(May 3, 2022 / Israel InSight) ALABAMA—Fulfilling a plan that Auburn Tigers men’s basketball coach Bruce Pearl has spoken about for years, the team will travel to Israel for a 10-day visit that includes three games. It will play in Tel Aviv and Jerusalem, facing off against the Israeli U-20 national team on Aug. 2 and Aug. 6, and the senior national team on Aug. 8.
College teams can take one international trip every four years, and Auburn University’s most recent trip was to Italy in 2017. “These foreign trips have been one of the greatest teaching moments I have been a part of in 40 years of coaching college basketball,” said Pearl. “Israel has not been your typical destination for college basketball teams. Yet Israel is one of the top two or three countries in the world in its quality of competition and support for professional basketball.”
Numerous American collegiate stars who don’t make the NBA wind up playing for extended periods in Israel’s professional leagues. Some have converted to Judaism, served in the Israeli military and stayed in Israel after their professional careers.
This isn’t Pearl’s first basketball-related trip to Israel. In 2009, while at Tennessee, he coached the U.S. national team to the gold medal in the World Maccabiah, held every four years in Israel. Maccabiah teams are comprised of Jewish athletes, and before the team traveled to Israel, Pearl brought them to Shabbat services in Knoxville, Tenn.
“To take 12 Jewish men to Israel and to come back to the U.S. as mensches was incredibly meaningful,” he said. “To wear ‘USA’ on our chests and to have a Star of David in our hearts was special,” he said in a 2019 interview. His son, Steven, was a member of the team.
Pearl was the first president of the Jewish Coaches Association, and in 2019, became the fifth Jewish coach to reach the Final Four as part of a journey some analysts believe began with the team bonding during its 2017 Italy trip. He is also an outspoken advocate for Israel.
In 2008, he took his Tennessee team on a trip to the Czech Republic and Germany, including visits to the Dachau and Theresienstadt concentration camps on the itinerary. In a 2008 interview with the United States Holocaust Memorial Museum, he said that he makes sure to schedule a visit to a concentration camp every time he goes to Europe, noting that many of his players didn’t know anything about the Holocaust.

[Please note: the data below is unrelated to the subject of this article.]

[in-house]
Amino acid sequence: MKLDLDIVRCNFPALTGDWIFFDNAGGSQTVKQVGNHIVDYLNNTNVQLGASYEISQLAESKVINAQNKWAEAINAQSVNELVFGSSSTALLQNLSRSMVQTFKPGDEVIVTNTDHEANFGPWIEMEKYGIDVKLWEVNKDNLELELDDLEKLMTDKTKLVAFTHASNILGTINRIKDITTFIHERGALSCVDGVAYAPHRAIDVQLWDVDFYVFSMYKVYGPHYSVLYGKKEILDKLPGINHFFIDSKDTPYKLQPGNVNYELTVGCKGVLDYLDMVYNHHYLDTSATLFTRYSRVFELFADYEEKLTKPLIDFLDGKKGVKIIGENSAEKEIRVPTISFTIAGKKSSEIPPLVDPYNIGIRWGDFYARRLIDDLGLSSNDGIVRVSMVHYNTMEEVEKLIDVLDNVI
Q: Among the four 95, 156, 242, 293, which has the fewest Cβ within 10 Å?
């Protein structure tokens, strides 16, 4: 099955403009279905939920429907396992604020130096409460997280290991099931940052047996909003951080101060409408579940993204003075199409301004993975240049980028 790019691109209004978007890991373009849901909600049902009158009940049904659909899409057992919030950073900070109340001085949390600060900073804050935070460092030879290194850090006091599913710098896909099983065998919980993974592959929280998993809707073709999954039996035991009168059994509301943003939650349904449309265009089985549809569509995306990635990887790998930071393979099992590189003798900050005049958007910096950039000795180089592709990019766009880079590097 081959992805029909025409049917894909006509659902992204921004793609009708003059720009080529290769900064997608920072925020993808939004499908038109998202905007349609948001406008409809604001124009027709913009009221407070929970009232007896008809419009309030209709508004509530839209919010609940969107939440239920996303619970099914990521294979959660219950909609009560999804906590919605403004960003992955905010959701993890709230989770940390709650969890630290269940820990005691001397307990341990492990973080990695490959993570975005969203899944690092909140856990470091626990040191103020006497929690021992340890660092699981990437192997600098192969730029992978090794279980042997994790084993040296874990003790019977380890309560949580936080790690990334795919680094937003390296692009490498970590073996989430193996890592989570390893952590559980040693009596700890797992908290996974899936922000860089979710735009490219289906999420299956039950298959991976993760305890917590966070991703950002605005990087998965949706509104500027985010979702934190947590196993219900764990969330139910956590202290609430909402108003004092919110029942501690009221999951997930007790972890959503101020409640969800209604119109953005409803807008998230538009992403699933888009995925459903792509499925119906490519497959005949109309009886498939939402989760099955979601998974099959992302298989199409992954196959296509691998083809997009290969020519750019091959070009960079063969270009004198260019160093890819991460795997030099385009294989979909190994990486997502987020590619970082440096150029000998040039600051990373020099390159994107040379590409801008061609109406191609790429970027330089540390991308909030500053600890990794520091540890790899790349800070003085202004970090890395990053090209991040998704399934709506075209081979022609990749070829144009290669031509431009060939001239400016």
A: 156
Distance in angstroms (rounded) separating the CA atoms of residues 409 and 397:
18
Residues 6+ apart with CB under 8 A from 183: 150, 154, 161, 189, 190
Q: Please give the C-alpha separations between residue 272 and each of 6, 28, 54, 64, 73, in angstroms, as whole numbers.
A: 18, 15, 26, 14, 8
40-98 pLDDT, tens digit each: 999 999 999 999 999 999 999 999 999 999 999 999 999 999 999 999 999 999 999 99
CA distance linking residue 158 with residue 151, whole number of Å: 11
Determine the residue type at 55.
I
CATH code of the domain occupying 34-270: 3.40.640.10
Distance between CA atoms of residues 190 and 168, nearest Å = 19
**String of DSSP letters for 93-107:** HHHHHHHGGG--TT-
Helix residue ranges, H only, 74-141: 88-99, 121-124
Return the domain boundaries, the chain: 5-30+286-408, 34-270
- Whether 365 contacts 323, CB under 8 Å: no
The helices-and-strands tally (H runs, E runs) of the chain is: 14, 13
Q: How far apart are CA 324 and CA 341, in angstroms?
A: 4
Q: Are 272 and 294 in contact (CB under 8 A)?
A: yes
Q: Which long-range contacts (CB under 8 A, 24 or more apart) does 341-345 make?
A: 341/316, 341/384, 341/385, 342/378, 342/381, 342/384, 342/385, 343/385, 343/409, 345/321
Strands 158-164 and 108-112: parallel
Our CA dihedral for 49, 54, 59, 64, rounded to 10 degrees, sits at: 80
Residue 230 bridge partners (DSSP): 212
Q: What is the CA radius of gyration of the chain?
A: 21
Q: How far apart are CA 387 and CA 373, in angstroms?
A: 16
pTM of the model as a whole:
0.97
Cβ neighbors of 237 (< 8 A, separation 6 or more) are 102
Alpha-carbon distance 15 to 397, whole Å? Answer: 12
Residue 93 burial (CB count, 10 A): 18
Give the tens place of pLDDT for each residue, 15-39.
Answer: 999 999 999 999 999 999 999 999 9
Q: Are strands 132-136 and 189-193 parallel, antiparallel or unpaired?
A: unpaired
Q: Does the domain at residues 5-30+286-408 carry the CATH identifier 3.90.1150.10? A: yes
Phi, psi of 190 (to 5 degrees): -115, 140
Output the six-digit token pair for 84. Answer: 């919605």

“For me as a coach and a teacher, my whole thing is to bring my team together, to accept each other’s differences, to tolerate one another—and that helps us become a great team,” he said.
‘The biggest advantage is the whole bonding thing’
One Auburn player already has Israel connections. Lior Berman, who grew up in Birmingham’s Jewish community, just finished his junior season, where “The Bermanator” played in 20 games, averaging 2.0 points and 0.7 rebounds, although missed seven games due to injury.
Berman came to Auburn as a walk-on and has been named twice to the SEC Academic Honor Roll. In 2017, he was on the gold-medal U-16 basketball team at the Maccabiah Games. His grandfather, Floyd, is from Israel, and he and Lior would often shoot hoops on trips to Israel.
Berman and Pearl drew attention nationally before this year’s NCAA tournament as a rare coach-and-player Jewish combo in college basketball.
Another Israel connection for Auburn is Romi Levy, a forward on the women’s team, who is originally from Tel Aviv. Her family currently lives in Herzliya.
Steven Pearl, now an assistant coach at Auburn, spoke about a possible Israel trip while on “The Jungle” podcast in February. In the past, there were no organized summer workouts, so the two weeks of practice a team was given before an international trip was a “huge advantage.” These days, “the biggest advantage is the whole bonding thing, and getting to play in real, meaningful games before you have a season.”
In addition to the games, Bruce Pearl said the trip to Israel “is an educational experience for our players. We are going to take them to where Jesus was born in Bethlehem and visit the City of David in Jerusalem. From a historical and religious standpoint, this is going to be one of the greatest trips in our student-athletes’ lives.”
This article originally appeared in Israel InSight.
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